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I have only recently discovered Mathematica so I am quite weak with it, posting here as it seems to be the most comprehensive forum online.

My question is entirely based off a previous very high quality post namely

Circular membrane vibration simulation

I decided to make a new post for this since that post is nearly 6 years old now.

In the answers user 'Jens' describes the code for constructing the traditional Chladni Patterns for a circular membrane as the follows.

fXY[n_, k_][x_?NumericQ, y_?NumericQ] := 
 BesselJ[n, k Sqrt[x^2 + y^2]] Cos[n ArcTan[y, x]]

wavePattern[n_, j_] := 
 Module[{k0 = N[BesselJZero[n, j]]}, 
  DensityPlot[fXY[n, k0][x, y], {x, -1.1, 1.1}, {y, -1.2, 1.1}, 
   RegionFunction -> Function[{x, y}, x^2 + y^2 < 1], 
   ColorFunction -> 
    Function[{x}, 
     Blend[{White, Darker@Brown, White}, 2 ArcTan[10 x]/Pi + .5]], 
   ColorFunctionScaling -> False, PlotPoints -> 100, 
   MaxRecursion -> 0, 
   Epilog -> 
    Inset[Grid[{{"n", n}, {"j", j}}, Frame -> All], {-.9, .9}], 
   BaseStyle -> {FontFamily -> "Arial"}]]

Show[GraphicsGrid@Table[wavePattern[m, n], {m, 0, 2}, {n, 1, 3}], 
 ImageSize -> 700]

which outputs the following

enter image description here

I want to know how I can be able to superimpose (by adding) the values of say wavePattern[2, 2] and wavePattern[3, 0]. And plot the values that occur, in a similar way. Which will displays the Chladni Pattern when both the modes are occurring simultaneously.

The reason I'm asking this question (not relevant to the question) : I recently saw a video lecture that claimed the seemingly non traditional (complex) Chladni patterns that are observed by modern experiments that use tone generators are actually the result of the superimposition of the basic modes that are predicted by the theoretical formula. This has me highly intrigued as I had seen nearly all experiments show the formation of Chladni patterns that don't match the "basic" modes. This seems to be a ingeniously simple solution which I seem to have missed and couldn't find anywhere else online. I want to verify it by using Mathematica, and since there already exists some great code I'm hoping someone here can help me tinker it in the form I am looking to do.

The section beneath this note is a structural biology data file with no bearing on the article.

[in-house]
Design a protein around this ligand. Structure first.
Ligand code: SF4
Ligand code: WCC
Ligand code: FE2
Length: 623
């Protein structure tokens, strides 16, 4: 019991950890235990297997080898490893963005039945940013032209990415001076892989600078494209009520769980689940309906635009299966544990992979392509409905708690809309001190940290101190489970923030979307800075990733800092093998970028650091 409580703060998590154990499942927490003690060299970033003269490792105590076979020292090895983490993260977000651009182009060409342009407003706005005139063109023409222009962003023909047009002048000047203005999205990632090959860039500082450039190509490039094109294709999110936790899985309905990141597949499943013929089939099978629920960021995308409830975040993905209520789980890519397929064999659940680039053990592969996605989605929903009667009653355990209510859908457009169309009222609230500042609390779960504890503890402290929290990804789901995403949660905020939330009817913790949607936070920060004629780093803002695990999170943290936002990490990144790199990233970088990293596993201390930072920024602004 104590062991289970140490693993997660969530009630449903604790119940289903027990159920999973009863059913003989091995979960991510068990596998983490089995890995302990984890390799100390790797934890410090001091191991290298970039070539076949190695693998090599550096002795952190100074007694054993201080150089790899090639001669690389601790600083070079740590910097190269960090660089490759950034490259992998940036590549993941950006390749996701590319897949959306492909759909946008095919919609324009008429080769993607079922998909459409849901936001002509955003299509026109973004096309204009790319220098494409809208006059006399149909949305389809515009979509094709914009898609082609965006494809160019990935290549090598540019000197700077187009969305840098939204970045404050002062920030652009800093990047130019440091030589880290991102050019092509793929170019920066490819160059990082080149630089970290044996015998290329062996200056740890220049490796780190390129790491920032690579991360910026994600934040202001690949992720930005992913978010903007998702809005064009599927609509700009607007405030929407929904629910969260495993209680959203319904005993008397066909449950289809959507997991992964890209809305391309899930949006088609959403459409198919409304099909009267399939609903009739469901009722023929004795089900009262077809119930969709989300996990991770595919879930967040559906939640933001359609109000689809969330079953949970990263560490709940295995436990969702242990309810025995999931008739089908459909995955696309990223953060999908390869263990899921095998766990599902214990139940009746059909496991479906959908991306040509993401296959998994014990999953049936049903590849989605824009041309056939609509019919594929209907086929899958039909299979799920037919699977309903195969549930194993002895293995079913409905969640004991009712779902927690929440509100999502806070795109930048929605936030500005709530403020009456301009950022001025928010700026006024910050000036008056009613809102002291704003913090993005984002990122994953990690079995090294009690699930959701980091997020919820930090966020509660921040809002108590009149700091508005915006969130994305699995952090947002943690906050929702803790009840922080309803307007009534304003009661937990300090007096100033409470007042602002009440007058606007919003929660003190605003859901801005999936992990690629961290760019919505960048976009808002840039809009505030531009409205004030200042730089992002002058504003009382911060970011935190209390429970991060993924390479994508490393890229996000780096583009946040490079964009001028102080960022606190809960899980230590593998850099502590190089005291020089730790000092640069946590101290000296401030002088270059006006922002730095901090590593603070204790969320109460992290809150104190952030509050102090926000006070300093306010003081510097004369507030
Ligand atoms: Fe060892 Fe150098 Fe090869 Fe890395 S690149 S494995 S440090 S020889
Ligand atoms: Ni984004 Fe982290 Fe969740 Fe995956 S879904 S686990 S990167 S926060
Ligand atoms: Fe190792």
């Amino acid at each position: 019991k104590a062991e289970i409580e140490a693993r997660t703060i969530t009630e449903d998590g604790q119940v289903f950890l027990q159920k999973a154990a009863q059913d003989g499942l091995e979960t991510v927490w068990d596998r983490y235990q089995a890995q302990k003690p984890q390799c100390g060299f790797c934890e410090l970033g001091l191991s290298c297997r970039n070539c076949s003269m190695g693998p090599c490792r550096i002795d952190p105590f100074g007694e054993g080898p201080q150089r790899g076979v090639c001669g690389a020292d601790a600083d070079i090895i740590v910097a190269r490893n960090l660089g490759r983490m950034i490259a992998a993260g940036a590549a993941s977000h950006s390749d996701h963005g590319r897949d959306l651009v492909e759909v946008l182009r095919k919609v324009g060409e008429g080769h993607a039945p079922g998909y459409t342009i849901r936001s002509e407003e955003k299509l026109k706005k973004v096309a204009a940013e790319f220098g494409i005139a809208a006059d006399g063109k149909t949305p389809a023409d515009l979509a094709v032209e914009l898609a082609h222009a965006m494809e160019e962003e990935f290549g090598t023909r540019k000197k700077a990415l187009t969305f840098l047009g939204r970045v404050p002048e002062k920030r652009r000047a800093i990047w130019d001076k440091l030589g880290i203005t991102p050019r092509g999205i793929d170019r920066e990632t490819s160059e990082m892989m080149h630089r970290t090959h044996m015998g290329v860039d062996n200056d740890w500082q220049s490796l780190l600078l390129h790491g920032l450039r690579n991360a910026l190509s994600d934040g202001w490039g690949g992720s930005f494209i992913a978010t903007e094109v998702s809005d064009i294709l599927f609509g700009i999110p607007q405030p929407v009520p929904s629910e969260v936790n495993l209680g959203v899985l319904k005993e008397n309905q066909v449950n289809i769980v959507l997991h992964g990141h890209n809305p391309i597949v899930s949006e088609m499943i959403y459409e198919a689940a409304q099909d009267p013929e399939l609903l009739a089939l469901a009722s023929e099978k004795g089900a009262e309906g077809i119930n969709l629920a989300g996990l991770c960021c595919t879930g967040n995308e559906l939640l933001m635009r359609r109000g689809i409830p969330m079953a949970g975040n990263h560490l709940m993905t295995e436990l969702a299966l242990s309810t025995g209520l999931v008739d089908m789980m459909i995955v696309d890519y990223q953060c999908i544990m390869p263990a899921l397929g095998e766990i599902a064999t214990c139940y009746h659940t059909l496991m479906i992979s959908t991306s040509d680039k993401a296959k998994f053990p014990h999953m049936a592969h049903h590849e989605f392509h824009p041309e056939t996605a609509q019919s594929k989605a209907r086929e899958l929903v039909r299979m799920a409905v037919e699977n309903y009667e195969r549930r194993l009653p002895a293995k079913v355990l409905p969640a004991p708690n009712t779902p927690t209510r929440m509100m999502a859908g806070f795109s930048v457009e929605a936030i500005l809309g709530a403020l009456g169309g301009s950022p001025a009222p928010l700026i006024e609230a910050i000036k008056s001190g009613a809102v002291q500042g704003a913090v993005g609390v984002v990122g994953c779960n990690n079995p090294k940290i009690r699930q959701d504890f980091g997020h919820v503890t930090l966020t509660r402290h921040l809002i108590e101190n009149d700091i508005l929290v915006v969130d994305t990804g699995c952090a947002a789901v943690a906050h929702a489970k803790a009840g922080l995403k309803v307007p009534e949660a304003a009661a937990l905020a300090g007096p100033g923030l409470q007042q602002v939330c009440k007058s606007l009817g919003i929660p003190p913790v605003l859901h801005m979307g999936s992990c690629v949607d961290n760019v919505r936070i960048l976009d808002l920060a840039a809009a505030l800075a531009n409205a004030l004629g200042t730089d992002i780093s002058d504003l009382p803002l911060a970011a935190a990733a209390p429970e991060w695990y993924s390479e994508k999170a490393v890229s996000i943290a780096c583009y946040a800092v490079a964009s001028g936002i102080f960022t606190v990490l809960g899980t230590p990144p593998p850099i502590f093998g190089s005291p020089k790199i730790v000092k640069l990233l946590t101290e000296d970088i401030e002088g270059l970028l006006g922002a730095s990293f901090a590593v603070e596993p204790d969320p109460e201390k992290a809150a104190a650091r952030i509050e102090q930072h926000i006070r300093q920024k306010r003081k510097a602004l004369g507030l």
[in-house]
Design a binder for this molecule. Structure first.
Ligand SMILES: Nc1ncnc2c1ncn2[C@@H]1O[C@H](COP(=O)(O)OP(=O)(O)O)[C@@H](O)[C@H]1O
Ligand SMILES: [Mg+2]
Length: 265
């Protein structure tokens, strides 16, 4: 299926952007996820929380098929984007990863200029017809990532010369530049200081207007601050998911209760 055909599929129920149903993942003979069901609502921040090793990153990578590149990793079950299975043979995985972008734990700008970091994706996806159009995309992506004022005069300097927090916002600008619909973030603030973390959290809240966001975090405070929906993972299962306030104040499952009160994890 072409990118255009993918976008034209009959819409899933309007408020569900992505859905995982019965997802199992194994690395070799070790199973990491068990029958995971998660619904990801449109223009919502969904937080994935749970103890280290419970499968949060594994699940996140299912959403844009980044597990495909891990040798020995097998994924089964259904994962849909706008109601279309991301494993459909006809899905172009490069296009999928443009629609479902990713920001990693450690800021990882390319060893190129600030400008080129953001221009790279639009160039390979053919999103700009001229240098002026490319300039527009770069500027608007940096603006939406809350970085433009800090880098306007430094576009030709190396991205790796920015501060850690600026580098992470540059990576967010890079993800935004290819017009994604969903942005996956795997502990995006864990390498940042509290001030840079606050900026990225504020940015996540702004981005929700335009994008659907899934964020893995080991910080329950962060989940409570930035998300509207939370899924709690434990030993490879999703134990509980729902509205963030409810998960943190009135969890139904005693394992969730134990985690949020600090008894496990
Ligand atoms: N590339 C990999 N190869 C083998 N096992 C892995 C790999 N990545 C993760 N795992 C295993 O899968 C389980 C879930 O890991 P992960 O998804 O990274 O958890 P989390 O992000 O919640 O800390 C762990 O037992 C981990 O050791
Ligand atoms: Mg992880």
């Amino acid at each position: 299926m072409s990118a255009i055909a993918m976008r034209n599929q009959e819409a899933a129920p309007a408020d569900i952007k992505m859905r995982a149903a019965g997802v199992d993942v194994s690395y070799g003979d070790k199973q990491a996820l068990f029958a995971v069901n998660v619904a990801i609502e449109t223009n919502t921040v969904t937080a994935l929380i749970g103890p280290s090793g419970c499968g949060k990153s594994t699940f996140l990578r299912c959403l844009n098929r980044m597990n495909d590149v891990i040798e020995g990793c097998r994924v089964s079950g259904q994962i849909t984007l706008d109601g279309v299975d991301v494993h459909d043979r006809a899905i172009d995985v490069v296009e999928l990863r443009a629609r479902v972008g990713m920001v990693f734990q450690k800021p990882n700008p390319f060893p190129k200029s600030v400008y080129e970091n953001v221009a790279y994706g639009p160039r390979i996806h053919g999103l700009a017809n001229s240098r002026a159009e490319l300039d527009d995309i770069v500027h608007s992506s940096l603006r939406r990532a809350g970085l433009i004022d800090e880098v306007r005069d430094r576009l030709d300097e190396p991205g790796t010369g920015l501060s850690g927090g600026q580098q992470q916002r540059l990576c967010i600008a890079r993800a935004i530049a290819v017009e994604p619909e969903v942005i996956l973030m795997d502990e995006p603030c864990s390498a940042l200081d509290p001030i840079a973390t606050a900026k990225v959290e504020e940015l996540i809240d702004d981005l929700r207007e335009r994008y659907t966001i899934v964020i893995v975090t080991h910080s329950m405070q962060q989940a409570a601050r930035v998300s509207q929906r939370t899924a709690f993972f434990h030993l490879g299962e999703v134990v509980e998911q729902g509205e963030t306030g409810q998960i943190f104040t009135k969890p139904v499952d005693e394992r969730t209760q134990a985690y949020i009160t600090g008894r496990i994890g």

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Something like that (adding two patterns)?

fXY[n_, k_][x_?NumericQ, y_?NumericQ] := 
 BesselJ[n, k Sqrt[x^2 + y^2]] Cos[n ArcTan[y, x]]

addPattern[n1_, j1_, n2_, j2_] := 
 Module[{k1 = N[BesselJZero[n1, j1]], k2 = N[BesselJZero[n2, j2]]}, 
  DensityPlot[
   fXY[n1, k1][x, y] + fXY[n2, k2][x, y], {x, -1.1, 1.1}, {y, -1.2, 
    1.1}, RegionFunction -> Function[{x, y}, x^2 + y^2 < 1], 
   ColorFunction -> 
    Function[{x}, 
     Blend[{White, Darker@Brown, White}, 2 ArcTan[10 x]/Pi + .5]], 
   ColorFunctionScaling -> False, PlotPoints -> 100, 
   MaxRecursion -> 0, 
   Epilog -> 
    Inset[Grid[{{"n", n1, n2}, {"j", j1, j2}}, 
      Frame -> All], {-.9, .9}], 
   BaseStyle -> {FontFamily -> "Arial"}]]

Example 1:

Show[addPattern[2, 2, 0, 3], ImageSize -> 250]

enter image description here

Example 2:

Show[addPattern[2, 2, 1, 3], ImageSize -> 250]

enter image description here

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  • $\begingroup$ Wow that's great I think this is exactly what I was looking for, plus its really easy to just add a third argument and make it add 3 instances at once too. Thanks a lot! $\endgroup$ Dec 11 '20 at 1:32

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